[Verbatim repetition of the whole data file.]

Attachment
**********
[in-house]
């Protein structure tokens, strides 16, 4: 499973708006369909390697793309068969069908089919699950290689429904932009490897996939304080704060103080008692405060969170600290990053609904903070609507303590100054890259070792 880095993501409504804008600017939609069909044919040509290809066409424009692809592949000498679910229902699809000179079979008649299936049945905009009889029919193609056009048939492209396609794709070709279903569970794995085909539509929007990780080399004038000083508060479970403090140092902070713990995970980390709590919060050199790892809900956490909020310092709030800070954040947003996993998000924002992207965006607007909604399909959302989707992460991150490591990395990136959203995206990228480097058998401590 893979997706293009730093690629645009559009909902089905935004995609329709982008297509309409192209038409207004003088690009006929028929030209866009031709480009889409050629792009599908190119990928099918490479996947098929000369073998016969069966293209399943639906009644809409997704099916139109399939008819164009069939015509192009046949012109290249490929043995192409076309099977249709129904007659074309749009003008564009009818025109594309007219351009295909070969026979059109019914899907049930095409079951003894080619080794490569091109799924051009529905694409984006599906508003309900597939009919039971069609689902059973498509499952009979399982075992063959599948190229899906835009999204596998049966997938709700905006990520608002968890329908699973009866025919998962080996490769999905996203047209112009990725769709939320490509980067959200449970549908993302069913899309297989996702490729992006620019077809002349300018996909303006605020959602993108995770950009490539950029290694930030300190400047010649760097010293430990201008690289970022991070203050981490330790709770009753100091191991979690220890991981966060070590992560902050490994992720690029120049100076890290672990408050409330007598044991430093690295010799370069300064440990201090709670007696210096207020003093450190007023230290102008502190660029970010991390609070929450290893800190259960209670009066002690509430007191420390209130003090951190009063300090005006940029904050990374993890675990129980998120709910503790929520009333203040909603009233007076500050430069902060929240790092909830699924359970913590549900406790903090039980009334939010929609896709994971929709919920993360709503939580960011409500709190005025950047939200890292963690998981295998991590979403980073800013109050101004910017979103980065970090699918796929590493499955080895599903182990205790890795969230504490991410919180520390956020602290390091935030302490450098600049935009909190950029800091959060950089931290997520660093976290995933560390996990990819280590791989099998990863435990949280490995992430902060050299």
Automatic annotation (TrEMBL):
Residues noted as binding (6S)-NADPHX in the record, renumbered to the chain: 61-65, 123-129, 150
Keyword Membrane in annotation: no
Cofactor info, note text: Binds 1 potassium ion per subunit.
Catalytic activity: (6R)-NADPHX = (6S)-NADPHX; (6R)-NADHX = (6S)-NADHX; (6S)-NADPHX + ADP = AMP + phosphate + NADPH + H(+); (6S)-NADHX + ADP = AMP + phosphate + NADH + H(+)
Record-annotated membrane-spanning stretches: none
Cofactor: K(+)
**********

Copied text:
[in-house]
């Protein structure tokens, strides 16, 4: 499973708006369909390697793309068969069908089919699950290689429904932009490897996939304080704060103080008692405060969170600290990053609904903070609507303590100054890259070792 880095993501409504804008600017939609069909044919040509290809066409424009692809592949000498679910229902699809000179079979008649299936049945905009009889029919193609056009048939492209396609794709070709279903569970794995085909539509929007990780080399004038000083508060479970403090140092902070713990995970980390709590919060050199790892809900956490909020310092709030800070954040947003996993998000924002992207965006607007909604399909959302989707992460991150490591990395990136959203995206990228480097058998401590 893979997706293009730093690629645009559009909902089905935004995609329709982008297509309409192209038409207004003088690009006929028929030209866009031709480009889409050629792009599908190119990928099918490479996947098929000369073998016969069966293209399943639906009644809409997704099916139109399939008819164009069939015509192009046949012109290249490929043995192409076309099977249709129904007659074309749009003008564009009818025109594309007219351009295909070969026979059109019914899907049930095409079951003894080619080794490569091109799924051009529905694409984006599906508003309900597939009919039971069609689902059973498509499952009979399982075992063959599948190229899906835009999204596998049966997938709700905006990520608002968890329908699973009866025919998962080996490769999905996203047209112009990725769709939320490509980067959200449970549908993302069913899309297989996702490729992006620019077809002349300018996909303006605020959602993108995770950009490539950029290694930030300190400047010649760097010293430990201008690289970022991070203050981490330790709770009753100091191991979690220890991981966060070590992560902050490994992720690029120049100076890290672990408050409330007598044991430093690295010799370069300064440990201090709670007696210096207020003093450190007023230290102008502190660029970010991390609070929450290893800190259960209670009066002690509430007191420390209130003090951190009063300090005006940029904050990374993890675990129980998120709910503790929520009333203040909603009233007076500050430069902060929240790092909830699924359970913590549900406790903090039980009334939010929609896709994971929709919920993360709503939580960011409500709190005025950047939200890292963690998981295998991590979403980073800013109050101004910017979103980065970090699918796929590493499955080895599903182990205790890795969230504490991410919180520390956020602290390091935030302490450098600049935009909190950029800091959060950089931290997520660093976290995933560390996990990819280590791989099998990863435990949280490995992430902060050299």
Automatic annotation (TrEMBL):
Residues noted as binding (6S)-NADPHX in the record, renumbered to the chain: 61-65, 123-129, 150
Keyword Membrane in annotation: no
Cofactor info, note text: Binds 1 potassium ion per subunit.
Catalytic activity: (6R)-NADPHX = (6S)-NADPHX; (6R)-NADHX = (6S)-NADHX; (6S)-NADPHX + ADP = AMP + phosphate + NADPH + H(+); (6S)-NADHX + ADP = AMP + phosphate + NADH + H(+)
Record-annotated membrane-spanning stretches: none
Cofactor: K(+)